What Senator David Leyonhjelm’s words teach us about ourselves

Like most Australians, I was disgusted by what Senator David Leyonhjelm said to Senator Sarah Hanson-Young and to television interviewer, Angela Bishop.

His remarks are vile and sexist and unbecoming of one who represents the Australian people in Parliament.

During a discussion on women’s safety inside the Upper House Chamber, Senator Leyonhjelm told Senator Hanson-Young to “stop shagging men”.

Over on Twitter, Senator Leyonhjelm responded to Angela Bishop’s criticism of him by calling her “a bigoted b#tch”.

Senator Leyonhjelm remains unapologetic, and offered this defense on ABC news radio yesterday,

“It is a normal Australian behavior”

“I am a normal Australian, I am elected by normal Australians, normal Australians call people bitches, bastards, shut up, various things of that nature.

“I don’t discriminate between men and women.”

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I don’t know whether Senator Leyonhjelm truly believes his own defense, but let’s suppose he does. For argument sake, let’s assume Senator Leyonhjelm believes that he ought to speak to women in the same manner as he does with men. Is this not the kind of equality we are hoping to attain as a society? Should men and women not speak to each other in undifferentiating ways? Aussie blokes are known for their colourful language. I’m not agreeing with this cultural ‘norm’, but swearing and deriding each other long been a sign of social acceptance…and also of insult (discerning the difference isn’t always straightforward!). If men and women are identical and should be treated equally, should we not use the Aussie vocabulary tool bag for men and women alike?

Let me be clear, I believe Senator Leyonhjelm’s comments are indefensible and that he should apologise without reservation. It is entirely appropriate for Senator Hanson-Young to call him out and to expect an apology. Indeed, Senator Hanson-Young has revealed that this is only the latest in what is a culture of bile-like rhetoric which is thrown around the corridors of Canberra. I doubt if many of us are surprised, but surely it is entirely right for Senator Hanson-Young, and for all of us, to expect better from our political representatives.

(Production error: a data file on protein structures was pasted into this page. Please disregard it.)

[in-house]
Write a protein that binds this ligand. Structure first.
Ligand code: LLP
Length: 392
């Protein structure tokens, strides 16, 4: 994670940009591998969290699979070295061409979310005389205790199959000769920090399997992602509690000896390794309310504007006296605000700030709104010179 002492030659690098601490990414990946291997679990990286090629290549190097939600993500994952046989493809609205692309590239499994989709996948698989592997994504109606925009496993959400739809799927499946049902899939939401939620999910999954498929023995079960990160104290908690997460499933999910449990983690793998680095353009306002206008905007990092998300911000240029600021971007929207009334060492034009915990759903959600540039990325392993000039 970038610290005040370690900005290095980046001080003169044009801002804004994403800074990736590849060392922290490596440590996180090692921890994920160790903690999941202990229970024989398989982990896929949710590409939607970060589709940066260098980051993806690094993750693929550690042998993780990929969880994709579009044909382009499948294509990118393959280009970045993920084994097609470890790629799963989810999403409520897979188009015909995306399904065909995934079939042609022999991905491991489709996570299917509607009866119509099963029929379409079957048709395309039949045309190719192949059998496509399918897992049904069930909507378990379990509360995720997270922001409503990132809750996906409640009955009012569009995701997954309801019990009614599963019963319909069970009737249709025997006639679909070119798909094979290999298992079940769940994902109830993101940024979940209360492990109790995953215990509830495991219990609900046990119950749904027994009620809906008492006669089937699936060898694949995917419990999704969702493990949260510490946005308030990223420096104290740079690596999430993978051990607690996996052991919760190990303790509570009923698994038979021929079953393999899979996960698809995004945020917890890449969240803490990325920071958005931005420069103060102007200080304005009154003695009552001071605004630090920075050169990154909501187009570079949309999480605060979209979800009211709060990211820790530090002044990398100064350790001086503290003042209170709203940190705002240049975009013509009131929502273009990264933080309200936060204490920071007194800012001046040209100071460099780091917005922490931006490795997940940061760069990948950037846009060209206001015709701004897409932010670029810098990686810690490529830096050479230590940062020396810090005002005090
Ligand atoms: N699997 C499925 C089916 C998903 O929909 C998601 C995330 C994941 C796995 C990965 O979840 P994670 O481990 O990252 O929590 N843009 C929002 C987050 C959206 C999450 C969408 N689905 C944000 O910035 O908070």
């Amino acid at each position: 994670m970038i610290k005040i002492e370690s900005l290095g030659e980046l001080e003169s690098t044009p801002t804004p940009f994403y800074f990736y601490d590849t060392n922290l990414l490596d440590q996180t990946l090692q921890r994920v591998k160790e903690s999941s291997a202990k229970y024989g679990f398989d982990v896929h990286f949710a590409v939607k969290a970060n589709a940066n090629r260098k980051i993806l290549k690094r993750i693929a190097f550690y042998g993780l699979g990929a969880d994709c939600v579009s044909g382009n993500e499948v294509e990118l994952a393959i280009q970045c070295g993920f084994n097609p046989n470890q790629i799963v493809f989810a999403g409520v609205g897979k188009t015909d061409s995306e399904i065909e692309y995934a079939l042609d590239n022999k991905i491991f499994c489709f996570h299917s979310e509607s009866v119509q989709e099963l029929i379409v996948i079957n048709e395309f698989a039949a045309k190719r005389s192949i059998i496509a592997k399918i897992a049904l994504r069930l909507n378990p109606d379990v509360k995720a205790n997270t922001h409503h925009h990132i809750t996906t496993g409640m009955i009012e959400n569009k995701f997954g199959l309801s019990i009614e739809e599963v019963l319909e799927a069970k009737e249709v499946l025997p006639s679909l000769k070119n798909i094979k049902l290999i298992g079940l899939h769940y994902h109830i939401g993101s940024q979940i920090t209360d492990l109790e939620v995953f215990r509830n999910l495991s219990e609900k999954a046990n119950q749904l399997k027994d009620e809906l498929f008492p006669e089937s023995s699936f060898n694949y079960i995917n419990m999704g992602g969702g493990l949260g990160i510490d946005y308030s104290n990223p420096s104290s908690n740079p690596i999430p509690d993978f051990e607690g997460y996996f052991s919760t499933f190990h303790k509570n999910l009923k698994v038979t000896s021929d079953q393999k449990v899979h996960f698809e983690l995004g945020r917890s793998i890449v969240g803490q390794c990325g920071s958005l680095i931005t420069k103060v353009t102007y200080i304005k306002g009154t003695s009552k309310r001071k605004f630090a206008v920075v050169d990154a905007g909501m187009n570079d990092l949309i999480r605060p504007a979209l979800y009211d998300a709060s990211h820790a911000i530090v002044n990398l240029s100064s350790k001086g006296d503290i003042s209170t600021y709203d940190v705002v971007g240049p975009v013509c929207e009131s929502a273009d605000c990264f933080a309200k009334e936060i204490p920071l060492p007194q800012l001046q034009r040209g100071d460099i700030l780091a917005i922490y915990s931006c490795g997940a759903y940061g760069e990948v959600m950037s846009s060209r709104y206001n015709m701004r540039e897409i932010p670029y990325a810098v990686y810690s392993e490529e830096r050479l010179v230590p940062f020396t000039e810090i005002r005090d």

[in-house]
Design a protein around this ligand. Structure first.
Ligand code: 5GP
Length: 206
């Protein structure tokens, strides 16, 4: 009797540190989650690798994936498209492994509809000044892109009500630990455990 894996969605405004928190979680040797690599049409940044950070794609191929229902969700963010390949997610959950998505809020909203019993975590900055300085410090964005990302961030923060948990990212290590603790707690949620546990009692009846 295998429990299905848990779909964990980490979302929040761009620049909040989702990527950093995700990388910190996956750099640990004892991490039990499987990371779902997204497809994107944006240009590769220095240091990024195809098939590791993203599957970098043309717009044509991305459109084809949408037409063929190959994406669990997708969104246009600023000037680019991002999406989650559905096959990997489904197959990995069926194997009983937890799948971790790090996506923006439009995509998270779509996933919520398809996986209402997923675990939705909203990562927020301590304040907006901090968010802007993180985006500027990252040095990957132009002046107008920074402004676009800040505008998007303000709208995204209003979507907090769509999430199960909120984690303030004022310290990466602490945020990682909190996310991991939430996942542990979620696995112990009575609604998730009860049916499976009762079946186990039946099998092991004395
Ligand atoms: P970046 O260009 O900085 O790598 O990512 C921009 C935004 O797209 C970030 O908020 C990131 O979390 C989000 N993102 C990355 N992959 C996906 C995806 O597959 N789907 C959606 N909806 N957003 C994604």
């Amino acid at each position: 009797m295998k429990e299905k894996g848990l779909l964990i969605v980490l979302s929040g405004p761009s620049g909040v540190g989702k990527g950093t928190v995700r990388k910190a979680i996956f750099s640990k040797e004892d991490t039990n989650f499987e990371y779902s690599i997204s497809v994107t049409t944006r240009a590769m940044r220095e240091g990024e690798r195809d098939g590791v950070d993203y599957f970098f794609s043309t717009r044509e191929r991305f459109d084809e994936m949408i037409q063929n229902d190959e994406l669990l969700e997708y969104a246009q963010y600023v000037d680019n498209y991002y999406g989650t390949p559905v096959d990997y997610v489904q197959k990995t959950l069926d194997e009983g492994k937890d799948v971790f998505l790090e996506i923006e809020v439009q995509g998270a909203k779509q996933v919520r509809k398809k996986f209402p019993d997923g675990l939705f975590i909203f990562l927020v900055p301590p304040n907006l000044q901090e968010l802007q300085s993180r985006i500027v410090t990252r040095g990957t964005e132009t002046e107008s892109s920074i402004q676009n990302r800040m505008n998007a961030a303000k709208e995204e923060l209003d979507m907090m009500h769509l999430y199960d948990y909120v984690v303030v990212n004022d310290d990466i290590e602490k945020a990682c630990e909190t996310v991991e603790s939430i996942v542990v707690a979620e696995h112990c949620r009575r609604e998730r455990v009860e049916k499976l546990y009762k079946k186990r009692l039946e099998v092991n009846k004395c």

Prime Minister Malcolm Turnbull, has spoken up, saying,

“That type of language has no place in Parliament, it shouldn’t have a place in any workplace…Respect for women in particular is one of the highest priorities that we should be focused on.”

His emphasis, “respect for women in particular”, is worth noting. Why do Senator Leyonhjelm’s derogatory comments jar? Because we know it’s wrong, it’s always wrong, and as Prime Minister Turnbull states, it is particularly wrong when a man speaks to a woman in such a way. A man can get away with calling another bloke a ‘b#stard’, but it is entirely different when a man refers to a woman as a ‘b#tch’. This is not about social conventions, but an inherent-born-with understanding that men should not belittle and abuse women by their words or actions. We know it’s wrong. Boys were raised to respect girls and to treat them well, not because there’s some masculine superiority complex at play, but because it is how men should behave. Boys might fight each other, but you never hit a girl. Boys might open a door and walk through it first, but most women appreciate the man who stops and opens the door for them first. 

While Senator Leyonhjelm’s obscenity is receiving widespread condemnation, this same Australian culture has, however, embraced other language that is designed to denigrate and silence other Australians. For example, last year’s marriage debate witnessed people slandering gay and lesbian Australians and also slandering heterosexual Australians. The former was rightly called out, but the latter was often supported by and even used by our political representatives and media personalities to popular adulation. Another body of language has recently come into common usage, which aims to deride white males, because apparently if you are white and male you represent everything that is wrong with society. The point is, our problem is much deeper than simple misogyny.